Mary Ellyn Hutton will be remembered as a journalist with unflagging dedication to Cincinnati’s musical arts. The longtime classical music critic for the Cincinnati Post continued to cover the classical scene for more than a decade after the demise of Cincinnati’s afternoon newspaper in 2007.
She died surrounded by her family on May 28 after a battle with lung cancer. The Hyde Park resident was 77.Read More »
This year’s “Classical Roots” concert will explore Music Hall’s history as a gathering place for a wide spectrum of Cincinnati’s society.
The Cincinnati Symphony Orchestra’s “Under One Roof,” led by Pops conductor John Morris Russell, will take place at 7:30 p.m. on April 20 in Music Hall. The program will illuminate Music Hall’s history — both as a great concert venue for the orchestra in the main hall and as a community gathering place that hosted many of the greatest jazz, soul, rock and R&B artists of the 20th century in the Greystone Club. Today that space in the South Hall is known as the Music Hall Ballroom.Read More »
When it comes to concertos with orchestra, most people don’t think of the double bass as a solo instrument. It’s usually heard at the bottom of the musical spectrum, rather than playing melodies that soar over the orchestra. But bassist Owen Lee, principal bass of the Cincinnati Symphony Orchestra for 22 years, made a strong case for Serge Koussevitzky’s Concerto for Double Bass, given its first-ever performances by the CSO over the weekend at Music Hall.
It was a fascinating piece – partly because Koussevitzky, himself a virtuoso of the bass, wrote it before he joined the Boston Symphony Orchestra and became one of the most influential music directors in America. In a neat tie-in, the program’s second half was devoted to Bela Bartok’s “Concerto for Orchestra,” which Koussevitzky commissioned from Bartok, who was then ill and destitute. Louis Langrée and the orchestra gave the latter a brilliant performance.Read More »
“What I try is to have unity and diversity at the same time.” – CSO music director Louis Langrée
Violin superstar Joshua Bell, a phenomenal Russian pianist named Daniil Trifonov and renowned cellist Alisa Weilerstein are just a few of the stars in an exceptional lineup coming to the Cincinnati Symphony Orchestra next season.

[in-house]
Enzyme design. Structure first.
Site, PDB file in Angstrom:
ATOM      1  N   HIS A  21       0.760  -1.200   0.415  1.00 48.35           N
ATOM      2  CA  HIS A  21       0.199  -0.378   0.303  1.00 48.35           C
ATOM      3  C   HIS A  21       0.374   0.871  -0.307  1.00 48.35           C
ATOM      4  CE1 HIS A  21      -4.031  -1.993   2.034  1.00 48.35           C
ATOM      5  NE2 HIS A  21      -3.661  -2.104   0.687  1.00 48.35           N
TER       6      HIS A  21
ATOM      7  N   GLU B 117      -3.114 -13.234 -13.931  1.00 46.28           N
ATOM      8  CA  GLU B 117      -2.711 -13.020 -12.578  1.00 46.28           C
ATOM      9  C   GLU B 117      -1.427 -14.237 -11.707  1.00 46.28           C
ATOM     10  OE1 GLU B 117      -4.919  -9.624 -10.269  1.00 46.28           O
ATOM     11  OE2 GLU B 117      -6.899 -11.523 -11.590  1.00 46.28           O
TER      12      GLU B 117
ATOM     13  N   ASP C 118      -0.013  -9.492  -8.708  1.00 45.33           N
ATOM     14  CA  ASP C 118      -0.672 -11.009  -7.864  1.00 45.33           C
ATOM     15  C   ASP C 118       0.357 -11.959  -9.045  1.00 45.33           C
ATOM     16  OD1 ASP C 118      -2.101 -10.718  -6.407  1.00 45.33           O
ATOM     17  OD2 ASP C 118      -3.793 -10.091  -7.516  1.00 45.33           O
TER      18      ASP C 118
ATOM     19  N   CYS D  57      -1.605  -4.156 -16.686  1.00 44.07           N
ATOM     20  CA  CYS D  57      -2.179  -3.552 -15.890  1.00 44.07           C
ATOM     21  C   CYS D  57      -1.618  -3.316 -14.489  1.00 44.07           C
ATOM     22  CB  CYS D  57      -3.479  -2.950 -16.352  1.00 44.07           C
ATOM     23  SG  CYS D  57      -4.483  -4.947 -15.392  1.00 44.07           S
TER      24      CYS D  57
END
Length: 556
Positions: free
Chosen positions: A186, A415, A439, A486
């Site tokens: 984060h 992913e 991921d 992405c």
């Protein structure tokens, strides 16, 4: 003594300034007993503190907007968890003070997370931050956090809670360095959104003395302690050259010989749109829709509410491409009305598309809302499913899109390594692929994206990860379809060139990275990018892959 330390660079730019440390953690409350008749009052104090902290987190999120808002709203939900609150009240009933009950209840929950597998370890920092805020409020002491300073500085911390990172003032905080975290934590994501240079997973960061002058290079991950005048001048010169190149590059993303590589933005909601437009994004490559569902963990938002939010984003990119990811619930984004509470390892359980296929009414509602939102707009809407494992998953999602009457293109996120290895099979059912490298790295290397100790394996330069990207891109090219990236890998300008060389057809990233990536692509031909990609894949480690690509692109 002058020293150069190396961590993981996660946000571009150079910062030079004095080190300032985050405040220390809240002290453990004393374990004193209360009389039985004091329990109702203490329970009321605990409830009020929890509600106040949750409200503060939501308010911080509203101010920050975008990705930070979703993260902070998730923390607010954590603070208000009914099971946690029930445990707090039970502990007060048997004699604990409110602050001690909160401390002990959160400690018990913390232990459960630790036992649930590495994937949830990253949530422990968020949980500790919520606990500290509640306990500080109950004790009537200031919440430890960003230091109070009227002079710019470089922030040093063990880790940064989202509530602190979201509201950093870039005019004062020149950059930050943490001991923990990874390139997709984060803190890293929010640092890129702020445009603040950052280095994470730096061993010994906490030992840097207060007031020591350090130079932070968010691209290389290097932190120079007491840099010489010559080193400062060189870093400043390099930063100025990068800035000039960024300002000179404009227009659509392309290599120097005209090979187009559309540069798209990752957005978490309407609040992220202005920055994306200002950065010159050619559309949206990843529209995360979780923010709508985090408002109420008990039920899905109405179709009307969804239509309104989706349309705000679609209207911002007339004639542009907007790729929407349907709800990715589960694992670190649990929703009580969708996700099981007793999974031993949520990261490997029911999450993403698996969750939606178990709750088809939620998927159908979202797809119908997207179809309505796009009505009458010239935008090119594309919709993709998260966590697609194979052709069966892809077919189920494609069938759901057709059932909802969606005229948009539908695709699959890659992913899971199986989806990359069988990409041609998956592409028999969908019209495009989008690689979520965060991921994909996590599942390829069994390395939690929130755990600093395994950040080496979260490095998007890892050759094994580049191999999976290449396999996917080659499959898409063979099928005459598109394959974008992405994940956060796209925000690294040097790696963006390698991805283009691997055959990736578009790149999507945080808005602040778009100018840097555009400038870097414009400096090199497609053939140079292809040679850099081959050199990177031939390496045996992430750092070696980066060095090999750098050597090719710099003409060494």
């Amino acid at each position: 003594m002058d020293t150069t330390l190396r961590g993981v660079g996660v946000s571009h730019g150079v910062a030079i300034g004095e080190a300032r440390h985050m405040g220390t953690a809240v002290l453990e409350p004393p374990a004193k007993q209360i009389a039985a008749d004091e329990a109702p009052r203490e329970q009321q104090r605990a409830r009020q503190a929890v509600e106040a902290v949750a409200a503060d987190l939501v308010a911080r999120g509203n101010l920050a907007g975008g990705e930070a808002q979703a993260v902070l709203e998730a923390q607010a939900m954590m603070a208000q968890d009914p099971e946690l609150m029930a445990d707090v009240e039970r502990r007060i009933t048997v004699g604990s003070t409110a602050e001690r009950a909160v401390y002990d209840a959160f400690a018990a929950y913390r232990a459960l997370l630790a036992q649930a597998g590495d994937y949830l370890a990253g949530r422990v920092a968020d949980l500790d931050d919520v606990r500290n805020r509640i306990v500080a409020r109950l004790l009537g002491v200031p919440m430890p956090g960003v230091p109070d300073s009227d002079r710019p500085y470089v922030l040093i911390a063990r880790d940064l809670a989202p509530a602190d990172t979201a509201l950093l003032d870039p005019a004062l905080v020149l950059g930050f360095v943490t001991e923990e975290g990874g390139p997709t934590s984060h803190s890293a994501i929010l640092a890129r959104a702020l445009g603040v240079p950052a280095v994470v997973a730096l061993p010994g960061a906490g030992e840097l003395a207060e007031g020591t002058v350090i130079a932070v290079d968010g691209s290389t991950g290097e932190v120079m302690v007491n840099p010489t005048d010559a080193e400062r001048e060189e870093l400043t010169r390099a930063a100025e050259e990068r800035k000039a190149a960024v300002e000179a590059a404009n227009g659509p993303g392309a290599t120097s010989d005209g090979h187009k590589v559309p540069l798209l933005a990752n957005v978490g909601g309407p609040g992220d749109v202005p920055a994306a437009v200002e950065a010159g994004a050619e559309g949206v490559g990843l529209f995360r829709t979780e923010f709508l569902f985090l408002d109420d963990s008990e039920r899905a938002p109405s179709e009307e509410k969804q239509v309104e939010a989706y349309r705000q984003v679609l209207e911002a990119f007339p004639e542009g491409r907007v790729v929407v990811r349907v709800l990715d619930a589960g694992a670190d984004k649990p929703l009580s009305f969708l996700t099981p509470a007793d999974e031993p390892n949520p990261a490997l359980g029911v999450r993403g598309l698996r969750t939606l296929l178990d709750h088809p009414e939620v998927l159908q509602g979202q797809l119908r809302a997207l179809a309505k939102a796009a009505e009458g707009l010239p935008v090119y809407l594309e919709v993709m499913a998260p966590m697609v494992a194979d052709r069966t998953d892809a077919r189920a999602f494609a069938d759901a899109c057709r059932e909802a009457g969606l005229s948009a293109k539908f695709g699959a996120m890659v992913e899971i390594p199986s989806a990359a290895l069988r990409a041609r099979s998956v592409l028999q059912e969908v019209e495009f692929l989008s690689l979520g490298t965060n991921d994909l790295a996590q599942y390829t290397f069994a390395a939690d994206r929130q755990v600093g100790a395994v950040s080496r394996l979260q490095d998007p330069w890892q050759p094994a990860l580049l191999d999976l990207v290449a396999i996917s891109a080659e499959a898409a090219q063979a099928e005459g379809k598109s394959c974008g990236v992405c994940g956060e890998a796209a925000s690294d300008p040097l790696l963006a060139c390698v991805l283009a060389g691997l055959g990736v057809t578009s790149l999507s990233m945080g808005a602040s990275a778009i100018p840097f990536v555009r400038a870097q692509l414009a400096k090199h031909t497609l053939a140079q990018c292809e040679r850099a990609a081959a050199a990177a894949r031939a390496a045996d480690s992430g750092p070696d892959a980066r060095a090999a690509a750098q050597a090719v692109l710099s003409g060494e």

Program highlights of the 2018-19 season are just as attractive. Louis Langrée’s Beethoven cycle will continue with Beethoven’s great Symphony No. 9, Choral. The repertoire includes Stravinsky’s earthy, primitive ballet score “The Rite of Spring,” Vivaldi’s “The Four Seasons,” Mozart’s Requiem and Mahler’s Symphony No. 5.Read More »
James Conlon, May Festival music director laureate, returned to conduct Mahler’s Symphony No. 1 with the CSO. Photo provided/Lee Snow
James Conlon raised his arms to begin Gustav Mahler’s Symphony No. 1, “Titan,” and the musicians of the Cincinnati Symphony Orchestra sounded the long, quiet ‘A’ that opens the work. From that pure tone, the woodwinds evoked the gradual awakenings of nature, trumpet fanfares sounded in the distance and every note had color and meaning.
It was a spellbinding start to the hour-long journey that is Mahler. Through it all, the warmth of Conlon’s interpretation was palpable.
Conlon’s masterful reading of Mahler’s First Symphony on Saturday was just the antidote for a cold, snowy weekend when a blustery winter storm bore down on the city. Some brave souls turned out on Friday despite the dire forecasts. On Saturday, with the storm past, Music Hall was filled to the rafters.Read More »
In 2017, Cincinnati audiences heard sensational performances by living legends, as well as musical rarities and world premieres. This year’s list – a baker’s dozen — highlights some musical milestones, such as Cincinnati Opera’s first opera by a woman, as well as some of my personal favorites of the past year.Read More »
James Darrah likes to point out that he has curated the Cincinnati Symphony Orchestra’s “Pelleas Trilogy” in three different phases of Music Hall’s renovation.
CSO music director Louis Langrée’s three year project exploring Maurice Maeterlinck’s 1893 play, “Pelléas et Mélisande” began with Arnold Schoenberg’s tone poem in Music Hall – pre-renovation. It continued last year with Gabriel Fauré’s incidental music to the play when the orchestra was displaced at the Taft Theater.
This weekend, the project culminates in Debussy’s “Pelléas et Mélisande” in the newly renovated Music Hall. The performance is in collaboration with Cincinnati Opera.
“It’s been really fun to bring an opera to life in this space,” says the Los Angeles-based director and designer. “We’re all still learning what we can and can’t do (in the theater). Some things are familiar and some different.”Read More »